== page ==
|US5859877||Sep 2, 1997||Jan 12, 1999||Paradyne Corporation||Simultaneous analog and digital communication using fractional rate encoding|
|US6005897||Dec 16, 1997||Dec 21, 1999||Mccallister; Ronald D.||Data communication system and method therefor|
|US6108374 *||Aug 25, 1997||Aug 22, 2000||Lucent Technologies, Inc.||System and method for measuring channel quality information|
|US6141387||Mar 19, 1998||Oct 31, 2000||Motorola, Inc.||Digital QAM modulator using post filtering carrier recombination|
|US6167031||Aug 29, 1997||Dec 26, 2000||Telefonaktiebolaget Lm Ericsson (Publ)||Method for selecting a combination of modulation and channel coding schemes in a digital communication system|
|US6198734||Jan 29, 1997||Mar 6, 2001||Northern Telecom Incorporated||Adaptive radio communications system|
|US6212240||Jun 24, 1998||Apr 3, 2001||Motorola, Inc.||Method and apparatus for conveying data between communication devices|
|US6215827||Mar 19, 1998||Apr 10, 2001||Lucent Technologies, Inc.||System and method for measuring channel quality information in a communication system|
|US6298092 *||Jun 2, 2000||Oct 2, 2001||Iospan Wireless, Inc.||Methods of controlling communication parameters of wireless systems|
|US6310909 *||May 11, 1999||Oct 30, 2001||Broadcom Corporation||DSL rate adaptation|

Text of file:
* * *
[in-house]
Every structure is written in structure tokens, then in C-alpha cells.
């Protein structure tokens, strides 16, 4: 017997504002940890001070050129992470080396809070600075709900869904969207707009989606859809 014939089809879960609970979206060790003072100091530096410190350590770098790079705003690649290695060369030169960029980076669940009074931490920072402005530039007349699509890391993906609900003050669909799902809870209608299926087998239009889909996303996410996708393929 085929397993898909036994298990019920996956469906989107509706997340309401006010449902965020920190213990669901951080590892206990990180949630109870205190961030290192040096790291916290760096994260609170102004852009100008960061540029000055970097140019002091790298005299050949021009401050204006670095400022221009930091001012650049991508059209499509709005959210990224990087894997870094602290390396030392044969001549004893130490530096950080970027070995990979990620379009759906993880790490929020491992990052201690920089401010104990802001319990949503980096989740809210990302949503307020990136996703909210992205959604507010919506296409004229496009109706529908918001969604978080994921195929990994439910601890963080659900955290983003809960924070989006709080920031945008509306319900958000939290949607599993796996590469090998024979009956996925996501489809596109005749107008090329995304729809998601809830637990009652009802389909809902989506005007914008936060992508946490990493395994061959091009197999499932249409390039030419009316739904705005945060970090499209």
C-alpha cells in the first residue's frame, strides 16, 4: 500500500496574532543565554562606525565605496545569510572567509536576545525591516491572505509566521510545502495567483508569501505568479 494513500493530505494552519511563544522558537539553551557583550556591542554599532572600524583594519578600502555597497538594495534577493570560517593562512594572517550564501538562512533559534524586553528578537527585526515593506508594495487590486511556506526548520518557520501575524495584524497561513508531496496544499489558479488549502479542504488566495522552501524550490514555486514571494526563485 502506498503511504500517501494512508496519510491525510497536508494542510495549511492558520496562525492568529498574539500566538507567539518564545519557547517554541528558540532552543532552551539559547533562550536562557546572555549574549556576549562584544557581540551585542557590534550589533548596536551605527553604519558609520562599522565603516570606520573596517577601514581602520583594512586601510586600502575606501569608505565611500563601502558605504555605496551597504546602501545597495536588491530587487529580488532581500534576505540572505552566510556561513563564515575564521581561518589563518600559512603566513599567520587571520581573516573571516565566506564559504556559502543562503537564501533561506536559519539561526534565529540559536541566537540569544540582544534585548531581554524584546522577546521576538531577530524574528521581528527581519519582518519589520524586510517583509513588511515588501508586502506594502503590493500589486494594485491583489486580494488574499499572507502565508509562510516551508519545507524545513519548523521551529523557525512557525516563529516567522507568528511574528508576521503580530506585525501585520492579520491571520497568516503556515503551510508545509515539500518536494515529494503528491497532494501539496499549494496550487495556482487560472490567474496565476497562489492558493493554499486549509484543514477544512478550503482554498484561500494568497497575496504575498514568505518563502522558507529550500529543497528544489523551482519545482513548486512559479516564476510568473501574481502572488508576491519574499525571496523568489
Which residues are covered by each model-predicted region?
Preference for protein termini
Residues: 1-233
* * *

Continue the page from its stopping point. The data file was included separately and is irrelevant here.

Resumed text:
|US6385462 *||May 26, 2000||May 7, 2002||Motorola, Inc.||Method and system for criterion based adaptive power allocation in a communication system with selective determination of modulation and coding|
|US6430228||Oct 10, 2000||Aug 6, 2002||Motorola, Inc.||Digital QAM modulator using post filtering carrier recombination|
|US6490270 *||Jul 27, 1999||Dec 3, 2002||Lucent Technologies Inc.||Modulation method for transmitter|
|US6553063||Oct 29, 1999||Apr 22, 2003||Broadcom Corporation||Constellation-multiplexed transmitter and receiver|
|US6553518||Oct 29, 1999||Apr 22, 2003||International Business Machines Corporation||Severe error detectors, methods and computer program products that use constellation specific error event thresholds to detect severe error events during demodulation of a signal comprising symbols from a plurality of symbol constellations|
|US6614861||Dec 29, 1999||Sep 2, 2003||Nokia Networks Oy||Method and apparatus for higher dimensional modulation|
|US6625165 *||Jul 27, 1999||Sep 23, 2003||Lucent Technologies Inc.||Data link protocol for wireless systems|
|US6636500 *||Jul 27, 1999||Oct 21, 2003||Lucent Technologies Inc.||Medium allocation method|
|US6707856||Oct 7, 1999||Mar 16, 2004||Cisco Technology||Transmission of system configuration information|
|US6845082 *||Nov 30, 2000||Jan 18, 2005||Ciena Corporation||Peak to average power ratio reduction in communication systems|
|US6889355||Apr 7, 2000||May 3, 2005||At&T Corp.||Method and apparatus for data transmission using multiple transmit antennas|